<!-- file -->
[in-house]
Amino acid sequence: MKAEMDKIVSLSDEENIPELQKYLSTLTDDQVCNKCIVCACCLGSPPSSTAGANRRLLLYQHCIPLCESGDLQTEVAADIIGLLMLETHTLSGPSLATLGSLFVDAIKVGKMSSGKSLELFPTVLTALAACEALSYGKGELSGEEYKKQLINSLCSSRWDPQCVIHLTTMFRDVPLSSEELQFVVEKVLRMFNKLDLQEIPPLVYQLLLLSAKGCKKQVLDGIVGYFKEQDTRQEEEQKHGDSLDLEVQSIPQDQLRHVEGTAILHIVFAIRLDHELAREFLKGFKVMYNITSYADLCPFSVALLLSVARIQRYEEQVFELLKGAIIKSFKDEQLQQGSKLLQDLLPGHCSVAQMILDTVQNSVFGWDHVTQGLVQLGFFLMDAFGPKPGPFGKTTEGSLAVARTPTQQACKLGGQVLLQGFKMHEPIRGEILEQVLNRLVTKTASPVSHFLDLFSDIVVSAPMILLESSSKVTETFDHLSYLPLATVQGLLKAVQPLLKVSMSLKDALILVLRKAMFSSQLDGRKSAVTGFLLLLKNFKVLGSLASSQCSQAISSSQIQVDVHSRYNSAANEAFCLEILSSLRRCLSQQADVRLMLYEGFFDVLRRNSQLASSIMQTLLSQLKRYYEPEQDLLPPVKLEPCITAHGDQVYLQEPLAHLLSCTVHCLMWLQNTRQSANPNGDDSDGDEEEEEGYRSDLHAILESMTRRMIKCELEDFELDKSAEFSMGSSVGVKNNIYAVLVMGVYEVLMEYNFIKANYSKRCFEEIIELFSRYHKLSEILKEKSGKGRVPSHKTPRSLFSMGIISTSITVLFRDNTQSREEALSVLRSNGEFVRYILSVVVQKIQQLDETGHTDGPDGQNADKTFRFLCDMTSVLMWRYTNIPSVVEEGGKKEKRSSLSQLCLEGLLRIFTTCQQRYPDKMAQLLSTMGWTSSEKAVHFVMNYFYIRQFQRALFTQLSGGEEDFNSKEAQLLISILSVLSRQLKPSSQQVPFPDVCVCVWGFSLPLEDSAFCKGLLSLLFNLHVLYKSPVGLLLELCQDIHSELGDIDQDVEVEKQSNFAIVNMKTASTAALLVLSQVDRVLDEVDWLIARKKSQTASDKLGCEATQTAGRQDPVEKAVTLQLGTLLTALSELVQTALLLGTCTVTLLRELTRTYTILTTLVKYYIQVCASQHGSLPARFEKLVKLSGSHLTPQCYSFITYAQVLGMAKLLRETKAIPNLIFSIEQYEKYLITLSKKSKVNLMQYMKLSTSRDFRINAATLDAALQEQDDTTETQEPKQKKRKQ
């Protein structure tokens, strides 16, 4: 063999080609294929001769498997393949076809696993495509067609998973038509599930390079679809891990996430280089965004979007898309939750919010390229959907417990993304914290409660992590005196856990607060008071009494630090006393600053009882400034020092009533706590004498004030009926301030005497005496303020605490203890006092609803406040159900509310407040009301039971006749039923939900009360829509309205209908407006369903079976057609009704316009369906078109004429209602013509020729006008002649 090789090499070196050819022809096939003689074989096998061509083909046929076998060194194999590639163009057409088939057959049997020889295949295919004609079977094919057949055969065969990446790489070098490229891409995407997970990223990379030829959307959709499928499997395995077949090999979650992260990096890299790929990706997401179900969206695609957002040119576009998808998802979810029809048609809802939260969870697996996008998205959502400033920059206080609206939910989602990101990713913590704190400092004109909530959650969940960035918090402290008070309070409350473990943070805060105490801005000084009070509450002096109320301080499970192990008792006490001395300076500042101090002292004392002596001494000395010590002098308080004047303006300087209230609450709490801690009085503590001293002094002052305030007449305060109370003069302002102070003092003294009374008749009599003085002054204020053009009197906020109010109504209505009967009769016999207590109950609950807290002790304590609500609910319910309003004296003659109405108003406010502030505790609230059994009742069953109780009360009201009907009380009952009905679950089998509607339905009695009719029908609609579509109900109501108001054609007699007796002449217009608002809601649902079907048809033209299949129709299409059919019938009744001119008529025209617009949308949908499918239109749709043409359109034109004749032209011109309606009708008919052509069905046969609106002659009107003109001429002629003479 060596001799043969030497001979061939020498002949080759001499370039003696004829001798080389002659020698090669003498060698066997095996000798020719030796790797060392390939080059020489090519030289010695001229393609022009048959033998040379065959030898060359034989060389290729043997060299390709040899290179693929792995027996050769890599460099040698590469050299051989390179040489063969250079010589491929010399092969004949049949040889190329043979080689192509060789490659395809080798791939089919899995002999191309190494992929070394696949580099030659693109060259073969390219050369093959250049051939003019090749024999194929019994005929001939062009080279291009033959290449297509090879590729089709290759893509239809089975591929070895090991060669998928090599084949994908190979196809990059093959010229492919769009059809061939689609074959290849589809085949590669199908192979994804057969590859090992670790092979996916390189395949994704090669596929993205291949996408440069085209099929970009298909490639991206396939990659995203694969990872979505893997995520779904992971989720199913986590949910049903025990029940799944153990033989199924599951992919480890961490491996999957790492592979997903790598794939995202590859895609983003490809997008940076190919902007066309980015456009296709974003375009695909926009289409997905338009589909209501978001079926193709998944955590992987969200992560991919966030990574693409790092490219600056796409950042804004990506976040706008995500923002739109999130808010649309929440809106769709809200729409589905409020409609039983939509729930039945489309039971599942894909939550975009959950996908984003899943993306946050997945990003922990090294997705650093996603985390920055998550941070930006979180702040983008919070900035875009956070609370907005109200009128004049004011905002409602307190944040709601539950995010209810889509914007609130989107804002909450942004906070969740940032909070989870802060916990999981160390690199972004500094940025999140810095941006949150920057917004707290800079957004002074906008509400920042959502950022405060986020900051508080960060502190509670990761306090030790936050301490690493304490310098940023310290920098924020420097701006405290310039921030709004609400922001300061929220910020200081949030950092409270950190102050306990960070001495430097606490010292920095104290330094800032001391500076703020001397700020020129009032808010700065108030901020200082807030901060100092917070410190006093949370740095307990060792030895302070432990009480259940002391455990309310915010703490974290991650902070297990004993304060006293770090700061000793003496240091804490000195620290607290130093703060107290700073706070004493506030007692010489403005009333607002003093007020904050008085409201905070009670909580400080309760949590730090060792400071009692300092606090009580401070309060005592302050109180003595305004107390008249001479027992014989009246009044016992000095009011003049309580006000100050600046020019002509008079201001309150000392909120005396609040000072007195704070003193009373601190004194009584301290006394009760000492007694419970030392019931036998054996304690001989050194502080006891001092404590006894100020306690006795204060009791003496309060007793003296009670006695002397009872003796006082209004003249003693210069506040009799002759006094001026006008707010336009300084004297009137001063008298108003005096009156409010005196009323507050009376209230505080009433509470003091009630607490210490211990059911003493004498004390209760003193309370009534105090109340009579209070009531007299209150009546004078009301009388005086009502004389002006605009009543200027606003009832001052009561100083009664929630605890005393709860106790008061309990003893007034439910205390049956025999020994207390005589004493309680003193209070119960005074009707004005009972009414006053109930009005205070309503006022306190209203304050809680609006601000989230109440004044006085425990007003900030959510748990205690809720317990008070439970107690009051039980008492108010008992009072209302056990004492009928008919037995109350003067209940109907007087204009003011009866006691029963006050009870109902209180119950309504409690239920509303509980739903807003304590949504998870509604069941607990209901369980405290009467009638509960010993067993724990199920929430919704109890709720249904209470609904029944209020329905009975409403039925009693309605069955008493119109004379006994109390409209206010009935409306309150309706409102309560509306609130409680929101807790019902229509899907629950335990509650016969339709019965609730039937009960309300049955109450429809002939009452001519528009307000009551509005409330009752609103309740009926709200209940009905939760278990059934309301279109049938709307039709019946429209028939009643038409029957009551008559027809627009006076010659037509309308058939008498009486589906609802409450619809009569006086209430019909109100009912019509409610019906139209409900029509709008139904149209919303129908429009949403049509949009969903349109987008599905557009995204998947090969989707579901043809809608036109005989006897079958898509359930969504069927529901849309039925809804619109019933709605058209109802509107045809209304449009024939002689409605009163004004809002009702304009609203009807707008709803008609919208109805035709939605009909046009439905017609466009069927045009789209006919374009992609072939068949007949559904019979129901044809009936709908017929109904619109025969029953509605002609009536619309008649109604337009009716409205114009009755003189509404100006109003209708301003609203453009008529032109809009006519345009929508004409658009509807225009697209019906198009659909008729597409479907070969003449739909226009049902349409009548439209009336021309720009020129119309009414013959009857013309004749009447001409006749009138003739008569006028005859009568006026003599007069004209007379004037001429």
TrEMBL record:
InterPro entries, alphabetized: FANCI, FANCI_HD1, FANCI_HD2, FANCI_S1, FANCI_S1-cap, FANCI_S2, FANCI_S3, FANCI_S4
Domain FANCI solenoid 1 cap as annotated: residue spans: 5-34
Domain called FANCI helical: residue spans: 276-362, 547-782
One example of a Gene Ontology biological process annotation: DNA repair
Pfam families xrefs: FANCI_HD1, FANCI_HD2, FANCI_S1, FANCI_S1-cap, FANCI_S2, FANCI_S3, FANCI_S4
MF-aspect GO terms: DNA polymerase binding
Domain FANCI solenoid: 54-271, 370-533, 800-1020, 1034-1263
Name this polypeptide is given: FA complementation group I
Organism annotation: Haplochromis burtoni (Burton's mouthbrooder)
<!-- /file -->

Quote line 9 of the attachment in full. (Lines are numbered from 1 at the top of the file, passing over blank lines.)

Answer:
Pfam families xrefs: FANCI_HD1, FANCI_HD2, FANCI_S1, FANCI_S1-cap, FANCI_S2, FANCI_S3, FANCI_S4